A pregnant mother sleeping on her back during late pregnancy may cause
problems for the fetus. Though this is a common notion, evidence from a study that
monitored unborn babies and the mother's for an entire night proved it to be
The sleep position of women in late pregnancy has been shown to be
related to an increased risk of late stillbirth (after 28 weeks gestation).
‘Fetal activity during pregnancy denotes a baby’s wellbeing. Sleeping on the sides shows normal fetal activity than sleeping on the back.’
Researchers at the University of Auckland investigated sleep position of pregnant
women by setting up an infrared video camera to record their position as they
slept. They also continuous recorded the heart rate of the women and fetus
overnight using an ECG device.
When the mother slept on her back, the fetus was less active. Fetal activity
is one measure of its wellbeing. Fetuses were only in an active state
when the mother was on her left or right side
. When the mother
changed position during sleep, for example from her left side to sleeping on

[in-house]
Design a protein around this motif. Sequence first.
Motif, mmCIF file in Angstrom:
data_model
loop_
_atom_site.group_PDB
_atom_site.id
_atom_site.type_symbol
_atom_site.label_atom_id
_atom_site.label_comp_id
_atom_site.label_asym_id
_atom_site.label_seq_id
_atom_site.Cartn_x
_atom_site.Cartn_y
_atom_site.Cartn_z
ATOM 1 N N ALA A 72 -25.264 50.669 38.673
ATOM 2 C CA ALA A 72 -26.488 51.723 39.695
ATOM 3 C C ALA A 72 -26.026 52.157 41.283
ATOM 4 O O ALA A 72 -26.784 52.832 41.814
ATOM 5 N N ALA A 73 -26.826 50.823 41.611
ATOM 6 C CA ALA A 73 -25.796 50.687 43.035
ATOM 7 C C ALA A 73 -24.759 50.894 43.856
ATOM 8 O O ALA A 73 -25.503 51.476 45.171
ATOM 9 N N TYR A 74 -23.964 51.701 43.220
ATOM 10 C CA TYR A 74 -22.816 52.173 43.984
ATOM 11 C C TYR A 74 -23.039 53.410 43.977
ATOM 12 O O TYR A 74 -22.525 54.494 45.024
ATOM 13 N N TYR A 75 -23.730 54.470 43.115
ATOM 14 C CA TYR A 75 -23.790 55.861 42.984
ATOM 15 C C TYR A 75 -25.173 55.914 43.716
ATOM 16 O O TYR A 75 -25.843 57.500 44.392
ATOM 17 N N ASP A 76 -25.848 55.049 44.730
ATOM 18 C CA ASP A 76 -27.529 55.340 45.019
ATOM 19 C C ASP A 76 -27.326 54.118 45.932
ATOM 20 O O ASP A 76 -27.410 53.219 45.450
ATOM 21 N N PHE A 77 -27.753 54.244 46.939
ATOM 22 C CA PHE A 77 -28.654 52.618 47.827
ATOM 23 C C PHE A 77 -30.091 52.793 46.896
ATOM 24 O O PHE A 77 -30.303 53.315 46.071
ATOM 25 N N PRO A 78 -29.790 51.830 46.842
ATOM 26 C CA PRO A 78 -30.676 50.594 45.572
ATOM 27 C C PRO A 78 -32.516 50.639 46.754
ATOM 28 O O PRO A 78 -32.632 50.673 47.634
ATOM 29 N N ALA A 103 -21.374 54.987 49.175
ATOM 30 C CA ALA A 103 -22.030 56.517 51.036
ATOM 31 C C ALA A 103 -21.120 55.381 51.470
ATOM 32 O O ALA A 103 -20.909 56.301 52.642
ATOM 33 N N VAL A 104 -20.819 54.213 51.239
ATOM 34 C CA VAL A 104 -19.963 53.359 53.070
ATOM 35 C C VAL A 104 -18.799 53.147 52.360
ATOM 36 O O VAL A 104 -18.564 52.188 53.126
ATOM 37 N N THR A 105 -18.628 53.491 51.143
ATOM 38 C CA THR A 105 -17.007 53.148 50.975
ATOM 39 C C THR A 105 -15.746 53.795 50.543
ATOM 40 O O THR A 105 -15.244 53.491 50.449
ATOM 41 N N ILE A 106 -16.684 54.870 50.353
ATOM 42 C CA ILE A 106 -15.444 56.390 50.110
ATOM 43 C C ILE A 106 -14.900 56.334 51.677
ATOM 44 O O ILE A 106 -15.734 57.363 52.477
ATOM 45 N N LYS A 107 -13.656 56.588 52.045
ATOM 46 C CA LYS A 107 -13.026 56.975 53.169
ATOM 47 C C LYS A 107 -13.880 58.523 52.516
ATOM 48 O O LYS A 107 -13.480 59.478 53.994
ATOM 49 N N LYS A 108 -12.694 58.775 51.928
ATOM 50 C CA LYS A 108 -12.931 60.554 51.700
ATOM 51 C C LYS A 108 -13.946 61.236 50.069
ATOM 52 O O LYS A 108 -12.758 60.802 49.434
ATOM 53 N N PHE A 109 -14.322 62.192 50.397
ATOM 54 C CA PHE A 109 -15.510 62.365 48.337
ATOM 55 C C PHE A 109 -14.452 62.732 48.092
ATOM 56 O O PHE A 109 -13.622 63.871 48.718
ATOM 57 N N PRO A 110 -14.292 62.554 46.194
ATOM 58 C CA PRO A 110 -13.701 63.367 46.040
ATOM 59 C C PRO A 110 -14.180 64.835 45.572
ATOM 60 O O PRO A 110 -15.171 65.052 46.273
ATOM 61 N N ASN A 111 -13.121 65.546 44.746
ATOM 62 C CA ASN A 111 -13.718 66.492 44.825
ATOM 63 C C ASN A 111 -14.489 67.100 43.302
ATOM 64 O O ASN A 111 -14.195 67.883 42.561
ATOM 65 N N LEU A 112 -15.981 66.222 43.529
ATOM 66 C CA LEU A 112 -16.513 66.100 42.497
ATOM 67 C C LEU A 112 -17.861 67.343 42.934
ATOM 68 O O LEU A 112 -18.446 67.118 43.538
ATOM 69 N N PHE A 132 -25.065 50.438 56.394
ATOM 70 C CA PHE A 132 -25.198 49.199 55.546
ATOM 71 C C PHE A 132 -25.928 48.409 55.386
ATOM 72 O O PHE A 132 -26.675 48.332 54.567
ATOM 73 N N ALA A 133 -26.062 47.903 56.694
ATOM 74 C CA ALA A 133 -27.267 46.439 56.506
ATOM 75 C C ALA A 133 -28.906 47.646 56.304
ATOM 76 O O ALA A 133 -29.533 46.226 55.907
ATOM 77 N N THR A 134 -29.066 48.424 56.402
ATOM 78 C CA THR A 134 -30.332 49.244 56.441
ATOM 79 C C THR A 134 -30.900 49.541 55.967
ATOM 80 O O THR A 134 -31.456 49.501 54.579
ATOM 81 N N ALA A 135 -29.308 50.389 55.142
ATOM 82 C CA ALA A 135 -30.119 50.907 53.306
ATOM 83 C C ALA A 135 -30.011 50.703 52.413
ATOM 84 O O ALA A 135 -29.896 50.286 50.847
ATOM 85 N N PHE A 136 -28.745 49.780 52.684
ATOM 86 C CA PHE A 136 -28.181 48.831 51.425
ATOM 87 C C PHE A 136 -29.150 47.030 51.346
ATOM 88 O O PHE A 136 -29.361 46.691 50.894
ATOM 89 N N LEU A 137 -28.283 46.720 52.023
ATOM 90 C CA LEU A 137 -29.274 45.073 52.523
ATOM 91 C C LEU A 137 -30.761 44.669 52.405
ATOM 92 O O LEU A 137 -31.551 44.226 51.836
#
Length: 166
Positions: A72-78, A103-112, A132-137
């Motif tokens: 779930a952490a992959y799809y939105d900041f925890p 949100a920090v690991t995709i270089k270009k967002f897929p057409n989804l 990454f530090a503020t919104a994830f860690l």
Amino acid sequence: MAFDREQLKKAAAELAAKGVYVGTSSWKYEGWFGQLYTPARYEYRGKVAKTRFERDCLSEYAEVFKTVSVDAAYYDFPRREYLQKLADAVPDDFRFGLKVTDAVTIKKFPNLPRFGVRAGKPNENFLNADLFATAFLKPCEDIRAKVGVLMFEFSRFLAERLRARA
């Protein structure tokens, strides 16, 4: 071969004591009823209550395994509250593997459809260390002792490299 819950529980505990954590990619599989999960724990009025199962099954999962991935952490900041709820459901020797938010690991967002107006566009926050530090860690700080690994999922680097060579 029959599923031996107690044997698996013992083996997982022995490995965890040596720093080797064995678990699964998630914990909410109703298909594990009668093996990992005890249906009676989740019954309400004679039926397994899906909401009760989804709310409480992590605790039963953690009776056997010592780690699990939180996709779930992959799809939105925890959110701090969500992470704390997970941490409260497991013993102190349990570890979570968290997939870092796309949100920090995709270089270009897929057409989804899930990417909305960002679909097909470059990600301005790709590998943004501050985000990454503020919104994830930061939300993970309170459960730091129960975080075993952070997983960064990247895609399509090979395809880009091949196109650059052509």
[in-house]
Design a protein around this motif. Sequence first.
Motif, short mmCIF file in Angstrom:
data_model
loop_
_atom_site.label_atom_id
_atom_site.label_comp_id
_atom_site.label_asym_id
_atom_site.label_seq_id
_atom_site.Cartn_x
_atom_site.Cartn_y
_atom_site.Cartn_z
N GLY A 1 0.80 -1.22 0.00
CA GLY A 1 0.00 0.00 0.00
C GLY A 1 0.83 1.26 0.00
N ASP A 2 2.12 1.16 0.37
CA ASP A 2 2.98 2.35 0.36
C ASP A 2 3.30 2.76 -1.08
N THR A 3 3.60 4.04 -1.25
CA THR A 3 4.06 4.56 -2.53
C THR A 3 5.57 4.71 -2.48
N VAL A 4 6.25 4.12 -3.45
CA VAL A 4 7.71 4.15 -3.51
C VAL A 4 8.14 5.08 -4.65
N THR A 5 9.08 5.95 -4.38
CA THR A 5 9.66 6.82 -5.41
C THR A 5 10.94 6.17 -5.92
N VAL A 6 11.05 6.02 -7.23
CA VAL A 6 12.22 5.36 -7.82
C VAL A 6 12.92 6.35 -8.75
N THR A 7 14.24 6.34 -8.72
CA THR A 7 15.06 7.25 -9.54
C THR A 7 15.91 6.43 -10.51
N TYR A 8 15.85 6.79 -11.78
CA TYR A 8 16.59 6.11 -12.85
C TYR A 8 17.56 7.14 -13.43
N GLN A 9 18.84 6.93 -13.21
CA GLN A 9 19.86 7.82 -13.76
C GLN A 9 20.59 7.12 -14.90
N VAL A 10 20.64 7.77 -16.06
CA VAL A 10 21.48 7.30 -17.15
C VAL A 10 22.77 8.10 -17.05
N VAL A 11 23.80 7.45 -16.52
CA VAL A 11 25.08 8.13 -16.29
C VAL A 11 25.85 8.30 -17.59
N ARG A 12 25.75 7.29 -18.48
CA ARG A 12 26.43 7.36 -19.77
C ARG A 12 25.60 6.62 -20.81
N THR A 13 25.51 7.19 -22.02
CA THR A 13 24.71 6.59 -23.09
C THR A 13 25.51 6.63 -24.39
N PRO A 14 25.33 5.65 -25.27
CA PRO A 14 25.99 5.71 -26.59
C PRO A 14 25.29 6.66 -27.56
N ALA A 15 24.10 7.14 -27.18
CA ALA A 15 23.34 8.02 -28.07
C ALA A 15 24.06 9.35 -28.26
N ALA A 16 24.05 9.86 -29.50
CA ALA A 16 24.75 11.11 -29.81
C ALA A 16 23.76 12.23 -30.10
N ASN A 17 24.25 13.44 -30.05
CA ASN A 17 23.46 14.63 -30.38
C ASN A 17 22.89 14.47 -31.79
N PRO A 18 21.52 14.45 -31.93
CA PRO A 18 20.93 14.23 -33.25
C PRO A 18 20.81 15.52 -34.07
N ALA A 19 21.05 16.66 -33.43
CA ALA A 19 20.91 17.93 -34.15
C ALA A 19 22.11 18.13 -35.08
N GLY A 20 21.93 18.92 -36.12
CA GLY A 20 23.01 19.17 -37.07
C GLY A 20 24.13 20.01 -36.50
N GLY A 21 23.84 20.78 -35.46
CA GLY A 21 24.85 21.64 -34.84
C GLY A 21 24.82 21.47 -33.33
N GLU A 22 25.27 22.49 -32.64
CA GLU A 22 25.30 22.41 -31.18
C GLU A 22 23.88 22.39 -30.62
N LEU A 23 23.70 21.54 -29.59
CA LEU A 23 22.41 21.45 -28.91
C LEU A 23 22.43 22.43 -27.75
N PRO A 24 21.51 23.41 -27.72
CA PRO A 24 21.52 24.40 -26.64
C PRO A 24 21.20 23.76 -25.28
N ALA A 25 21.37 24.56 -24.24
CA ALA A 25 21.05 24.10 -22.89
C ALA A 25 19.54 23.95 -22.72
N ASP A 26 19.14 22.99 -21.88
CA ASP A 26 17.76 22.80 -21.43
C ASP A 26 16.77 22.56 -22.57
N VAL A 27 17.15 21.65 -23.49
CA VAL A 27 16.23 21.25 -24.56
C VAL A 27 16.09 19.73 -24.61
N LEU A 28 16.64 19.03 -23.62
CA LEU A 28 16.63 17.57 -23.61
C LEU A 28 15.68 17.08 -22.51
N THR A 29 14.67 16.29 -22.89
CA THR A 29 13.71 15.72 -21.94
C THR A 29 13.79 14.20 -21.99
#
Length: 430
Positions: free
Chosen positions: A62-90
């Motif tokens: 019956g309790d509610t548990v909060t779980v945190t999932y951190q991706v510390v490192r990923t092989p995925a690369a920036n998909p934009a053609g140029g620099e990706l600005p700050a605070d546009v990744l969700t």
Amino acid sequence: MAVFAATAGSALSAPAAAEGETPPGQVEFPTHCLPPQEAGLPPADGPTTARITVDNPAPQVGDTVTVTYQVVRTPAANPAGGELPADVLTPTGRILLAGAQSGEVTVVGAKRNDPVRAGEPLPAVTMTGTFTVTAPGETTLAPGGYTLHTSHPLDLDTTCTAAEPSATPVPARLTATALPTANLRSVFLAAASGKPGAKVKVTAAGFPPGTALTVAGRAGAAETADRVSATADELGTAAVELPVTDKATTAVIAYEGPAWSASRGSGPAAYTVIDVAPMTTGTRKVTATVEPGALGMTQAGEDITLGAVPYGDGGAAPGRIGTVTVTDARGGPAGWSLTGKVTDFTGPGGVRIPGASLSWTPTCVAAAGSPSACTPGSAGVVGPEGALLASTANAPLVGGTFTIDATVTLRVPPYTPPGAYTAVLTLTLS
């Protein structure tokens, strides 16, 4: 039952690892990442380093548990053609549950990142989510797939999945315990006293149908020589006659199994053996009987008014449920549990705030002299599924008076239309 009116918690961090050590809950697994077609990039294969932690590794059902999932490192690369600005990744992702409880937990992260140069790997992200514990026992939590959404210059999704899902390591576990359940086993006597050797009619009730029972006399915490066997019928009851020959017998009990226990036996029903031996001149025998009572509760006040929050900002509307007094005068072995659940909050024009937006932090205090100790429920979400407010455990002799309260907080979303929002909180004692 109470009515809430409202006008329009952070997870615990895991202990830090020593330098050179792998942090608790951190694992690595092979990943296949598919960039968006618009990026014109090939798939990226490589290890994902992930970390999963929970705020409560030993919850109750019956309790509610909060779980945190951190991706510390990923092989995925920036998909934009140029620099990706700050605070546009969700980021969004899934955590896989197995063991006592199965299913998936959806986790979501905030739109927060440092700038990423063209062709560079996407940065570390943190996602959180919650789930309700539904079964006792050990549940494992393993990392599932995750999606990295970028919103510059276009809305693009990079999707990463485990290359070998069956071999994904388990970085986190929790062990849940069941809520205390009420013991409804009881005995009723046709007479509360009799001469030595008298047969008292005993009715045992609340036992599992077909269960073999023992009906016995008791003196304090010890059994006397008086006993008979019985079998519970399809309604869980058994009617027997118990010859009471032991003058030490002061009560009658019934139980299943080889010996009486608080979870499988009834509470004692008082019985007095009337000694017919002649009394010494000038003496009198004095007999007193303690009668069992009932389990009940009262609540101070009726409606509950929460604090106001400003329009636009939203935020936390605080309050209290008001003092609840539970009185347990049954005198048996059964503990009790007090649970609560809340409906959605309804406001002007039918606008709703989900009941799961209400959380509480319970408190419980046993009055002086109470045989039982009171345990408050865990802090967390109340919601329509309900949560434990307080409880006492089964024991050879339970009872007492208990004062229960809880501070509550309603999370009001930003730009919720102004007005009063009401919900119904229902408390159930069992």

her back, the baby quickly changed activity state and became quiet or still.
This research involved 30 pregnant women at 34-38 weeks gestation and all of
them were healthy with healthy babies. The researchers are now investigating
pregnancies where the fetus is not growing properly or the mother has reported
decreased fetal movements, as both situations have been associated with an
increased risk of stillbirth.
Peter Stone, one of the lead investigators on the study said, "In the
situation where the baby may not be healthy, such as those with poor growth,
the baby may not tolerate the effect of maternal back sleeping."
The authors added, "We are suggesting that there is now sufficient evidence
to recommend mothers avoid sleeping on their back in late pregnancy, not only
because of the epidemiological data but also because we have shown it has a
clear effect on the baby."